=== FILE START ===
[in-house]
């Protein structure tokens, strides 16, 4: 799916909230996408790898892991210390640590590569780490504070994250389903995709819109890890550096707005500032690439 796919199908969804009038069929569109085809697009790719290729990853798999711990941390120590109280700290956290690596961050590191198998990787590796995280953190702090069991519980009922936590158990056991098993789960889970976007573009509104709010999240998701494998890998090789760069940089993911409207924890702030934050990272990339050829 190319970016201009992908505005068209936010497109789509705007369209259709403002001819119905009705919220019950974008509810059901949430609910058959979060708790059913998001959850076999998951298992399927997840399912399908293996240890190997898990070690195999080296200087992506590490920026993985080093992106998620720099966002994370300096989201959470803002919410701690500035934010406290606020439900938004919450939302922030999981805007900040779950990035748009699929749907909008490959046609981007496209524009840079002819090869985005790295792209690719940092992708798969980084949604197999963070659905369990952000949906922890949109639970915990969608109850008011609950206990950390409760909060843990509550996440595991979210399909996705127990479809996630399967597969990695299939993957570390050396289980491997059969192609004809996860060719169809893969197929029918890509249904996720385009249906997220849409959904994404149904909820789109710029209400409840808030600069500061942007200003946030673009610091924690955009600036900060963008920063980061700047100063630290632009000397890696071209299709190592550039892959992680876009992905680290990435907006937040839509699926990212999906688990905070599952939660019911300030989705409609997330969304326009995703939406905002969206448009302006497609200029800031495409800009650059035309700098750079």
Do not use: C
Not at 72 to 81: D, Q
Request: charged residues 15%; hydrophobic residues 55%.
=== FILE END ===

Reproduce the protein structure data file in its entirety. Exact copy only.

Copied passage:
[in-house]
């Protein structure tokens, strides 16, 4: 799916909230996408790898892991210390640590590569780490504070994250389903995709819109890890550096707005500032690439 796919199908969804009038069929569109085809697009790719290729990853798999711990941390120590109280700290956290690596961050590191198998990787590796995280953190702090069991519980009922936590158990056991098993789960889970976007573009509104709010999240998701494998890998090789760069940089993911409207924890702030934050990272990339050829 190319970016201009992908505005068209936010497109789509705007369209259709403002001819119905009705919220019950974008509810059901949430609910058959979060708790059913998001959850076999998951298992399927997840399912399908293996240890190997898990070690195999080296200087992506590490920026993985080093992106998620720099966002994370300096989201959470803002919410701690500035934010406290606020439900938004919450939302922030999981805007900040779950990035748009699929749907909008490959046609981007496209524009840079002819090869985005790295792209690719940092992708798969980084949604197999963070659905369990952000949906922890949109639970915990969608109850008011609950206990950390409760909060843990509550996440595991979210399909996705127990479809996630399967597969990695299939993957570390050396289980491997059969192609004809996860060719169809893969197929029918890509249904996720385009249906997220849409959904994404149904909820789109710029209400409840808030600069500061942007200003946030673009610091924690955009600036900060963008920063980061700047100063630290632009000397890696071209299709190592550039892959992680876009992905680290990435907006937040839509699926990212999906688990905070599952939660019911300030989705409609997330969304326009995703939406905002969206448009302006497609200029800031495409800009650059035309700098750079």
Do not use: C
Not at 72 to 81: D, Q
Request: charged residues 15%; hydrophobic residues 55%.